Saturday, November 14, 2009

The Great Nomadic Peoples: at a poetry reading

One of my early demonstrations of independence from my family was in a movie theater with my mom and three older sisters. My father would have stayed home with a glass of Scotch, Bach sheet music, a James Bond novel, Nick and Nora Charles on The Million Dollar Movie.

Usually, the minute lights dimmed, we five became alert to the possible intrusion of extraneous sounds: a piece of Juicy Fruit being unwrapped, a too-loud engagement with molars and popcorn, a whispered comment. We were guardians of the quiet, Swiss guards for hush, lookouts ever vigilant against intrusions on our concentration.

The screen with its handsome flickering images was all. Double features (that's how long ago this was) were to be our atmosphere, landmass, weather system, internal and external organ. And if we heard a fatal crinkle of a candy wrapper we'd have to move. Sometimes my mother or a sister would venture a stern, "Shush!" but that held no truck with the Milky Way lover. Nor should it have. Candy and popcorn are inalienable rights. A movie ticket is a bearer bond for sweet and salty joys.

So the Hershey Bar would be unwrapped by a happy patron sitting behind us, a handful of popcorn noisily consumed and, as if a starting shot had been sounded for the greyhounds, my family would be off and running to another row, a quieter row, a perfect row.

I found moving from one row to another, having to yet again judge the height of the people in front -- potential blockades to Sidney Poitier or Elizabeth Taylor -- tiresome, and not cool (whether or not that was the word I used when I was thirteen).

My rebellion? I stayed put. After years of moving from seat to seat, I refused to collude with my mother and sisters in making fools of ourselves. I'd frown. I'd cross my arms over my unformed chest. I'd say, "No."

And watch their tribute to the great nomadic peoples of the world as they moved, sometimes several times in one movie. I'd hear evaluative whispers, especially if my oldest sister, who'd had the most pressure from circumstance and family, was in from San Francisco. The irony of their creating distraction -- when in fact they fled distraction-- escaped them.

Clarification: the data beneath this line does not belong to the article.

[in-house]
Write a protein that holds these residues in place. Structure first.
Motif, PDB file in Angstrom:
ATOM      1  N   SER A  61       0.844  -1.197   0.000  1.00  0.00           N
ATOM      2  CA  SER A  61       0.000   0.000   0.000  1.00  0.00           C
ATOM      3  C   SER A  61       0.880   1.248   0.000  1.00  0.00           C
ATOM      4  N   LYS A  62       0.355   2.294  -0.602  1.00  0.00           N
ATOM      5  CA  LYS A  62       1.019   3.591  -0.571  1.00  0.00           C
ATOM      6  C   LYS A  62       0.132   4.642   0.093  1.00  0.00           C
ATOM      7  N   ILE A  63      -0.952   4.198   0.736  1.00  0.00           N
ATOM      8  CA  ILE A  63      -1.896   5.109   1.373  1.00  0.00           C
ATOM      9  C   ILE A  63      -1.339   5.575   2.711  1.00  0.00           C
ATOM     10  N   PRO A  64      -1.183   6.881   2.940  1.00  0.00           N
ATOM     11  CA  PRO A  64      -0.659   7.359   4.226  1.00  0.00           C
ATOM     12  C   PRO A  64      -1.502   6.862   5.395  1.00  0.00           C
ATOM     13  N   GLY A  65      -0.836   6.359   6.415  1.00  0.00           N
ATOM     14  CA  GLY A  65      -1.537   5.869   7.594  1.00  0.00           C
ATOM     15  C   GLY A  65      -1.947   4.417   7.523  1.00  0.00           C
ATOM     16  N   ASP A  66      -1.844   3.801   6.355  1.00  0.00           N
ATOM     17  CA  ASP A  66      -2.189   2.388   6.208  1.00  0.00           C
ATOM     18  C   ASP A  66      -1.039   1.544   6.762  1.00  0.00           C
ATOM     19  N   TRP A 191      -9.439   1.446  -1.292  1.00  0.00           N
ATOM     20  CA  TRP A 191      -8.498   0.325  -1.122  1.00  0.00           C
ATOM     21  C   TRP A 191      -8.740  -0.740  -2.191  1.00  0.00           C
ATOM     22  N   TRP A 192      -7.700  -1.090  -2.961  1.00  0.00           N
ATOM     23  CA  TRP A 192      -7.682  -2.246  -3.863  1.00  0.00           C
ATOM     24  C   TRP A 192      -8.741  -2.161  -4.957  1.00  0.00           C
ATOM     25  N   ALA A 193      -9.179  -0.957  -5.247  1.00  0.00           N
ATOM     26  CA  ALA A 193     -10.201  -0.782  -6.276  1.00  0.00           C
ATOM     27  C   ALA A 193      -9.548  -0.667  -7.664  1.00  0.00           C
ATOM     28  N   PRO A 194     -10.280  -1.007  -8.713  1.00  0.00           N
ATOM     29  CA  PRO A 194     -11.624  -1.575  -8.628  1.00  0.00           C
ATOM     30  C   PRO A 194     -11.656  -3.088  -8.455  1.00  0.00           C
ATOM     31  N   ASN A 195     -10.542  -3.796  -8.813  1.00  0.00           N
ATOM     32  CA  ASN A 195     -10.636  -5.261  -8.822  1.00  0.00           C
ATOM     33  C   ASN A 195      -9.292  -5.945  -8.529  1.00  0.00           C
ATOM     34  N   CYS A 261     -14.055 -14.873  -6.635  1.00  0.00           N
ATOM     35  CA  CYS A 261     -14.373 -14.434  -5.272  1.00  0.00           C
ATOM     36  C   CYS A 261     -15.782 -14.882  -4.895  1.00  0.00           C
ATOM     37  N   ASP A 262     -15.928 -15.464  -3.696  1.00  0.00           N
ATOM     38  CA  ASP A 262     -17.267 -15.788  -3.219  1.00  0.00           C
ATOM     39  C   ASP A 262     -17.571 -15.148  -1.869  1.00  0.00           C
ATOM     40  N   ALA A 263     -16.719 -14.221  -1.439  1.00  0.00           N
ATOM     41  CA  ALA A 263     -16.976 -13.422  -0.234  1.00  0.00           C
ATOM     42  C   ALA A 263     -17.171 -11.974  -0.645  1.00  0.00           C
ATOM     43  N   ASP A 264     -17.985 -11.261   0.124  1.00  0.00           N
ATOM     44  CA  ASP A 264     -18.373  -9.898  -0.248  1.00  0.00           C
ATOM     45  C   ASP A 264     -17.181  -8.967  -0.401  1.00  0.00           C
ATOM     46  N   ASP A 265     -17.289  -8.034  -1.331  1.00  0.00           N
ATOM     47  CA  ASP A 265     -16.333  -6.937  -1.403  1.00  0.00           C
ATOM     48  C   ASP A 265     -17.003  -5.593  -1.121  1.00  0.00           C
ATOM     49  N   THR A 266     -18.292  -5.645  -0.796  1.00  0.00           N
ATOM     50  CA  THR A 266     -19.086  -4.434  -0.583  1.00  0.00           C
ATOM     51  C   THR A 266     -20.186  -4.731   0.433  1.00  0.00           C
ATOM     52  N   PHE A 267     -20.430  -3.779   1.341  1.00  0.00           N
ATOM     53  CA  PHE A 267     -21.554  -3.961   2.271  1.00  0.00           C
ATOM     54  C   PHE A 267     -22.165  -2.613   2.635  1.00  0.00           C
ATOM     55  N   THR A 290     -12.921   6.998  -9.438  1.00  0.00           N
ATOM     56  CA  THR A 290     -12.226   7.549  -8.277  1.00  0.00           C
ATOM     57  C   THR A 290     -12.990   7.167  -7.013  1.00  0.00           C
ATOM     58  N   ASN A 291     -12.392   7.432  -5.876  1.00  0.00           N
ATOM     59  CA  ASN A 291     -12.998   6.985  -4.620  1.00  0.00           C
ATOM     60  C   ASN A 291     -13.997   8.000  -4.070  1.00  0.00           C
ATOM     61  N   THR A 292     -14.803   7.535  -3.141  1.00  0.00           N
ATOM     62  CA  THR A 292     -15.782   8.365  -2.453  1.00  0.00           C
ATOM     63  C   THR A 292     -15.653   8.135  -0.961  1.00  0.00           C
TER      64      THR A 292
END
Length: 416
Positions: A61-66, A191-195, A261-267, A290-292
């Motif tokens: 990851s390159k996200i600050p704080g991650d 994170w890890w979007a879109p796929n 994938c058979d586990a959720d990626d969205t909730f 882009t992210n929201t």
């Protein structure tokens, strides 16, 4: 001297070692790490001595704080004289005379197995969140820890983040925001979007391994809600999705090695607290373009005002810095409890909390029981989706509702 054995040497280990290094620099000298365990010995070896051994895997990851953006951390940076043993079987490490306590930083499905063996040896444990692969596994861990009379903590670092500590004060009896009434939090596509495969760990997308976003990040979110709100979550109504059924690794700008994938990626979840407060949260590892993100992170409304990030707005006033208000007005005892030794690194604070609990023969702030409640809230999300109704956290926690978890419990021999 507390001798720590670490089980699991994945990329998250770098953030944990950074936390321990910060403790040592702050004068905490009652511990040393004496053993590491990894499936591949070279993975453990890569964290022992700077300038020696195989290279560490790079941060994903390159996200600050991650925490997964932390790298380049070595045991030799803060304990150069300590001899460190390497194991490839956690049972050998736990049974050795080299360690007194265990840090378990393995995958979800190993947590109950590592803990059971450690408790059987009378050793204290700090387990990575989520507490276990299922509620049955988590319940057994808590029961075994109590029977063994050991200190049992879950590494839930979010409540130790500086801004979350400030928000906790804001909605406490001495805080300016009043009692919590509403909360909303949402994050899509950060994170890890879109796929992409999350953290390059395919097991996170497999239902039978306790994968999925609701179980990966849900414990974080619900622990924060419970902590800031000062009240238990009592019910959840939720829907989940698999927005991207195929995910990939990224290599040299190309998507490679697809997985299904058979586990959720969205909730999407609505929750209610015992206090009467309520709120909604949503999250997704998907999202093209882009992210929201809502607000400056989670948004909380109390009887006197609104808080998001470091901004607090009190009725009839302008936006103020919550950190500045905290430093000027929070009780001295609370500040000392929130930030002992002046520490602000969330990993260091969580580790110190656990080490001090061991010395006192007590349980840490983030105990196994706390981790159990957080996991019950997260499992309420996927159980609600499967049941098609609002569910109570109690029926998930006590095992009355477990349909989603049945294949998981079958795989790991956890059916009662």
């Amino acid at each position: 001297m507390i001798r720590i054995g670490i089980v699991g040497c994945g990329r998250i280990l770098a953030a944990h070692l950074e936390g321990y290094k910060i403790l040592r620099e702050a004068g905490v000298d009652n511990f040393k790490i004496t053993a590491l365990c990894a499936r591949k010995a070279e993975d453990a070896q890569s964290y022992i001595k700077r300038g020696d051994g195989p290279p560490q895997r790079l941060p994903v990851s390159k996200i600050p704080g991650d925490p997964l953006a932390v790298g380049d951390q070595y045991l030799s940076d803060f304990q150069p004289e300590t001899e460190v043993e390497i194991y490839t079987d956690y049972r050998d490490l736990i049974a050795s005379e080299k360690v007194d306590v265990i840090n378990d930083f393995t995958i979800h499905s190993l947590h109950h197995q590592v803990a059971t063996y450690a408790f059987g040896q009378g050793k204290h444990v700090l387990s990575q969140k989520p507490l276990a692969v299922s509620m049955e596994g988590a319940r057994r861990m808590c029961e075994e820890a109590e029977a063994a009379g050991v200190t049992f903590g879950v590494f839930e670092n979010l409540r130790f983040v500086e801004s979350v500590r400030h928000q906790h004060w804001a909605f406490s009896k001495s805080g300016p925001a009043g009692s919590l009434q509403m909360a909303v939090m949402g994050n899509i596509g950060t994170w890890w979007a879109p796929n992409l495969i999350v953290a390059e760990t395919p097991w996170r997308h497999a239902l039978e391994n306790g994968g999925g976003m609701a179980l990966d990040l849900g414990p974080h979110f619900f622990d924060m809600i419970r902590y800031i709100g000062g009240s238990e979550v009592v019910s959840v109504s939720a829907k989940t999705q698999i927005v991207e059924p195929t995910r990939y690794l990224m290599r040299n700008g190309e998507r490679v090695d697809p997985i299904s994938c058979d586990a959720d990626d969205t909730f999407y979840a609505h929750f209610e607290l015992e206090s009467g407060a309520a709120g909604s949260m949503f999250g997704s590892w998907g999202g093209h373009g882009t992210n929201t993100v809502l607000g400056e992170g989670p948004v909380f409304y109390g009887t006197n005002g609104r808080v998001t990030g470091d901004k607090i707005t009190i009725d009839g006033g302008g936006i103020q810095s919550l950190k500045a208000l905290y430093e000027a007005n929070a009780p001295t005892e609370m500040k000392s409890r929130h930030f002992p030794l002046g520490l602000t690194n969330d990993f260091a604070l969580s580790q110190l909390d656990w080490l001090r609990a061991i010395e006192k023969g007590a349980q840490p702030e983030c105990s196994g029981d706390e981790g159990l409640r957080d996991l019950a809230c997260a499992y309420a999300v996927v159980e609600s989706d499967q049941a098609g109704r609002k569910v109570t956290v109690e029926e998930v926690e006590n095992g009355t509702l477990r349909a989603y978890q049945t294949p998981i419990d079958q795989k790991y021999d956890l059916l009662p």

And how does this relate to poetry readings? Well, I was at one today (a wonderful reading at the Bowery Poetry Club). The audience was attentive and the poets strong. Personages in my row, however, were not practiced reading attendees.

We're not talking teenagers (capable of anything). These people were older than me (hard to believe). And uh-huhing and yessing and commenting. I kept my tongue. But then my friend S-- was up and this nice lady next to me became not simply a bit distracting but, well, chatty. It's as if she were a Patriots fan sitting with six other Patriots fan in a den or sports bar (with the television on and all sorts of processed snacks hot and steaming); she began narrating the events in an unaware (bless her) stage whisper.

"He seems a bit nervous." "Oh, yes, I've met his mother. She's like that, you know, just like in that poem." And, as S-- began reading the last poem of his set, she turned to me to ask, "Oh, how do you know him? Are you a student or a poet or---" At which point my genetic material took over. Not the nomadic impulse--this was a full house and fleeing to another seat was not an option; no, the "Would you please be quiet" (whispered) impulse asserted. She became quiet.

Talking and silence, cell phones, involuntary and unconscious oohs and ahas, small comments, cheers, boos, laughter, bartenders -- they are all part of a poetry reading. There's no conclusion to be drawn from the above except I'm a silly goose. Yes, she was outsized. But I keep getting annoyed and it is not doing me any good. I want the calm of the great nomadic peoples of the world, to be able to pick up tent in silence -- but only if really very necessary.

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